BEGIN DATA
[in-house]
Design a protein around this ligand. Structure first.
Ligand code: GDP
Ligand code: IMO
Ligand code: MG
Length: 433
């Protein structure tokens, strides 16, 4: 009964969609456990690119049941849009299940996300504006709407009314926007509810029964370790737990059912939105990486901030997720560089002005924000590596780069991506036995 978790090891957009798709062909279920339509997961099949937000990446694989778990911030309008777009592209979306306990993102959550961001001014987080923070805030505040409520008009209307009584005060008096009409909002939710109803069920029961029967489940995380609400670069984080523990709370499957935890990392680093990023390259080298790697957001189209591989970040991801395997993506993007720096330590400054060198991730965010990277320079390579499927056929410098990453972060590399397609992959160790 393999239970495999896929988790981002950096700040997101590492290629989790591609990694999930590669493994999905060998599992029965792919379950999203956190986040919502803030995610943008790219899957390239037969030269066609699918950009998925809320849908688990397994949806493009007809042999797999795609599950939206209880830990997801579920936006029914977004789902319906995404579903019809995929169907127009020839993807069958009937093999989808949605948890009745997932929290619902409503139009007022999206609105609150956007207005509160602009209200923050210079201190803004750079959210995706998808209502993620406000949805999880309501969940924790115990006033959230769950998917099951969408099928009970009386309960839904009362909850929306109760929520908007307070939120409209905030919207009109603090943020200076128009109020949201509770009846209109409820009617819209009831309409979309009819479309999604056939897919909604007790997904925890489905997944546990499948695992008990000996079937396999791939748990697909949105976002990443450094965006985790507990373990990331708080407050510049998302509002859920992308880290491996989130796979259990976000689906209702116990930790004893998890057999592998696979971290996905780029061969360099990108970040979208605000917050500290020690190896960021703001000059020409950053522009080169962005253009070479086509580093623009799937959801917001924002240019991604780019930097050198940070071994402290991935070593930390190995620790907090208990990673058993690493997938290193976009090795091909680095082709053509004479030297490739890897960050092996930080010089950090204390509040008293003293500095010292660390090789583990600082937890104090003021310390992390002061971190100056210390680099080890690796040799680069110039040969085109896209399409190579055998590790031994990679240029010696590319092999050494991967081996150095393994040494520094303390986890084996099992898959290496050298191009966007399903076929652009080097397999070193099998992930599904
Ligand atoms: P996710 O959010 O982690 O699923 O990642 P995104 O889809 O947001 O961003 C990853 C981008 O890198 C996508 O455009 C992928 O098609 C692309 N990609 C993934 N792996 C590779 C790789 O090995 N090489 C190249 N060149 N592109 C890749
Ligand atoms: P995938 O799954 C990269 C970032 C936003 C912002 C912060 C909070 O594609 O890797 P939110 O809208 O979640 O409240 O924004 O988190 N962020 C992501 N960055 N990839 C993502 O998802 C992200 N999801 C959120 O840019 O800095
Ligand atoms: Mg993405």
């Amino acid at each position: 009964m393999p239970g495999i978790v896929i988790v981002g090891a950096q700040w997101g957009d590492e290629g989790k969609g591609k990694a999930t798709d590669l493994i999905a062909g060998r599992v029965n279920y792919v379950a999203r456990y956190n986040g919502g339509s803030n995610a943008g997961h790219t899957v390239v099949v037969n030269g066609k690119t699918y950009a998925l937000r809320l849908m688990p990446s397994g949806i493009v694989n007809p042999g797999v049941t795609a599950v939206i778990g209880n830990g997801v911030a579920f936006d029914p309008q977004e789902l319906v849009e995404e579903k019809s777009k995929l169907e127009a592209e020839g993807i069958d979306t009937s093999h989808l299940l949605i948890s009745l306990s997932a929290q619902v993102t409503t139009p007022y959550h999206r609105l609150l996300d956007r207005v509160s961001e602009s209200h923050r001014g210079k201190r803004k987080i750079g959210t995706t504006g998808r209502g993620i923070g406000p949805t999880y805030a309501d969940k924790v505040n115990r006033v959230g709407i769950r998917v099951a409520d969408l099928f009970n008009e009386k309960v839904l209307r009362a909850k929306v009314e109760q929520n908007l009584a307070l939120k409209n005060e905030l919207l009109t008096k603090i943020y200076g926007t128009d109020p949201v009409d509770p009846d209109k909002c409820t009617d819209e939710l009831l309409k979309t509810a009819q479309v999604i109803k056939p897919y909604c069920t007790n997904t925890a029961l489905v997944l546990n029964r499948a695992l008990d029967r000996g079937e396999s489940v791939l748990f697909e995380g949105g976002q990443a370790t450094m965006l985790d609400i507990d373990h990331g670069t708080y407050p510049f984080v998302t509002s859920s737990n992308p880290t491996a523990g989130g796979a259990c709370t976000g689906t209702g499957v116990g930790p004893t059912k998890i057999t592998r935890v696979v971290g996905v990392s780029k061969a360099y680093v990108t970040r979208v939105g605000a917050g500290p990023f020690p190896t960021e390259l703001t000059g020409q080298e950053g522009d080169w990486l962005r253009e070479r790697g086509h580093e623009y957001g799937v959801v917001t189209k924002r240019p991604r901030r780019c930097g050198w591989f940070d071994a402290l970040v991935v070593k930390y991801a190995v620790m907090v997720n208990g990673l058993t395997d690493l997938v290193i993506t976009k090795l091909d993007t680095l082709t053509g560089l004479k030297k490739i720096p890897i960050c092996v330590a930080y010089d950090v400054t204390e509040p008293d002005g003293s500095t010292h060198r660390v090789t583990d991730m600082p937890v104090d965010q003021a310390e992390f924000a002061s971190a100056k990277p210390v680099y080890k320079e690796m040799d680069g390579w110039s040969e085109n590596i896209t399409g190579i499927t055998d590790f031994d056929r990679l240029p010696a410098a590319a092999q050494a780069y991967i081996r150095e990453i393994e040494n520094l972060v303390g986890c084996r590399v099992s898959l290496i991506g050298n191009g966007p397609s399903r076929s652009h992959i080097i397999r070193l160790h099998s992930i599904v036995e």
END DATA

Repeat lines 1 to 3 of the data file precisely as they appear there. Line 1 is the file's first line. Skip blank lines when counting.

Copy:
[in-house]
Design a protein around this ligand. Structure first.
Ligand code: GDP